In Belzer’s experience, education is key in all aspects of the store, not just with collars, leashes and harnesses.

“We are here to build confidence and to help the bond between pet and owner,” she said. “I will do what it takes to make people feel that way.”

New Products

Bright Colors and Seasonal Patterns Shine

The collars, leashes and harnesses that manufacturers have launched this year largely incorporate the safety, durability and style that dog owners demand.

In spring, Collar Co., the Chernihiv, Ukraine-based manufacturer of the Waudog brand of collars and leashes, introduced several bright and affordable accessories in a wide variety of designs.

Waudog Nylon series collars and leashes feature wear-resistant nylon with durable plastic and metal hardware and come in fashionable, bright patterns and glow-in-the-dark options. Waudog Classic is made of genuine leather and features four popular, vivid colors.

Because of the continued humanization of pets, and more owners calling themselves “pet parents,” the company released the Waudog Printed Family Look series of matching genuine leather bracelets for owners featuring the same designs as their pooches.

Aimed to provide a transition between colorful summer patterns and holiday-themed designs, Up Country launched its fall collection at SuperZoo in Las Vegas in August. The East Providence, R.I.-based company’s fall launch was three collar, leash and harness designs: Harvest Time, Brown Stripe and Brown Pink Dot. The ribbon line is made from high-tensile nylon webbing with sewn-on polyester/nylon ribbons and features cast brass hardware.

The newest patterns from 2 Hounds Design in Indian Trail, N.C., are Mid-century Leaves and Snowdog. Each appears on 1-inch-wide collars in martingale or side-release (buckle) styles and matching 5-foot leashes.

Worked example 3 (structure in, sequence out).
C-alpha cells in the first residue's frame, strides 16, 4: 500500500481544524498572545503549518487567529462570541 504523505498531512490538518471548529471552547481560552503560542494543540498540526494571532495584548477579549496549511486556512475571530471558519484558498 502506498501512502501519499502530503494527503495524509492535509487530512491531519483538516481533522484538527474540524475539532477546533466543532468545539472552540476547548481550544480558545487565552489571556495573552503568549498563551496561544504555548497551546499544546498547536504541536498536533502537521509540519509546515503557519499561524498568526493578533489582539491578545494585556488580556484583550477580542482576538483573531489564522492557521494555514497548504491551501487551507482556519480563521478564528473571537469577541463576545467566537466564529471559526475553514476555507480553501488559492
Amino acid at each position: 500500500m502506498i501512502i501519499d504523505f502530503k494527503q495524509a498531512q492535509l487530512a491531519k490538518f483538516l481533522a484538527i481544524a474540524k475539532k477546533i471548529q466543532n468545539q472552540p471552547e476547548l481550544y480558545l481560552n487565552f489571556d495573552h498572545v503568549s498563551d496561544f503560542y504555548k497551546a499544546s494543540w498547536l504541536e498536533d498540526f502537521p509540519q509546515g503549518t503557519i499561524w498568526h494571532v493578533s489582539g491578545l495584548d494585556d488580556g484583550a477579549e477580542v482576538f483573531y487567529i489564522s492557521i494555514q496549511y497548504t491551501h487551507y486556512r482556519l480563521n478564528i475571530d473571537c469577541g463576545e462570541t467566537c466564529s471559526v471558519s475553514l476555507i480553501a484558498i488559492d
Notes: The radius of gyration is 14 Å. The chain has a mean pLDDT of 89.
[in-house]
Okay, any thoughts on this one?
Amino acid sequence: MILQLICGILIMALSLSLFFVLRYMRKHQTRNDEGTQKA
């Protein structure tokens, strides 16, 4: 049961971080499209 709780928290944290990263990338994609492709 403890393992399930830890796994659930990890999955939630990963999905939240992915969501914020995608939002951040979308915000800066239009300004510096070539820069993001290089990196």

Innovation, Trends & Projections

Designers Borrow from Pop Culture

Trends in the collar, leash and harness category center on safety, innovation and fun. Many manufacturers pull from trends in fashion, social media and pop culture.

“Doughnuts are trending in memes? Here come doughnut collars,” said Alisha Navarro, president of 2 Hounds Design, an Indian Trail, N.C.-based manufacturer of collars, leashes and harnesses. “New superhero movies are out? Here comes the superhero collar!”

Donna Bodell, vice president of Up Country, an East Providence, R.I.-based manufacturer of collars, harnesses and leads, agreed.

“The trends that perform best for us are seen throughout pop culture,” she said. “When you see pineapples appearing on everything from clothing to housewares, it’s a good bet people will want to put them on their pet.”

At AK Bark, a pet boutique in Anchorage, Alaska, customers are moving away from plain collars to more of a fashion statement for their dogs, said owner Mark Robokoff.

“Our best-selling collars are locally made with beautiful Alaskan themes,” he said, adding that he has noticed a shift away from collars and toward harnesses. “We encourage this because of the number of dogs that get lacerated tracheas from pulling on the leash while wearing thin collars. We carry harnesses that train dogs not to pull and ones that are made for pulling for ski-joring or bike-joring.”

Other retailers reported seeing dog owners gravitating to harnesses over collars as well. Reasons include concerns about neck safety as well as the demand for products that offer safety features for both dog and owner, said Tara Belzer, owner of Pet in the City, a pet supply store in Charlotte, N.C

Benjamin Pratt, store manager for Lucky Dog Barkery in Dallas, said his customers are trending away from nylon toward leather or rope collars, which are considered more durable and long-lasting.

“In terms of function, many of our customers have moved away from collars for walking, opting for a harness instead,” he added.

On the innovation front, Pratt said customers enjoy the accessories—such as interchangeable bows and bow ties or bandanas—they can combine with collars and leashes.

“To many customers, it makes more sense to purchase a simpler leather collar that will last longer, and then spice it up with an accessory that can be changed seasonally or according to whatever holiday we may be nearing,” he said.

More manufacturers are producing products with safety in mind, Robokoff said.

“[For example], an escape-proof harness for ‘Houdini’ dogs who are able to slip out of most harnesses,” he said. “Many harnesses also are specifically designed for safety while riding in cars.”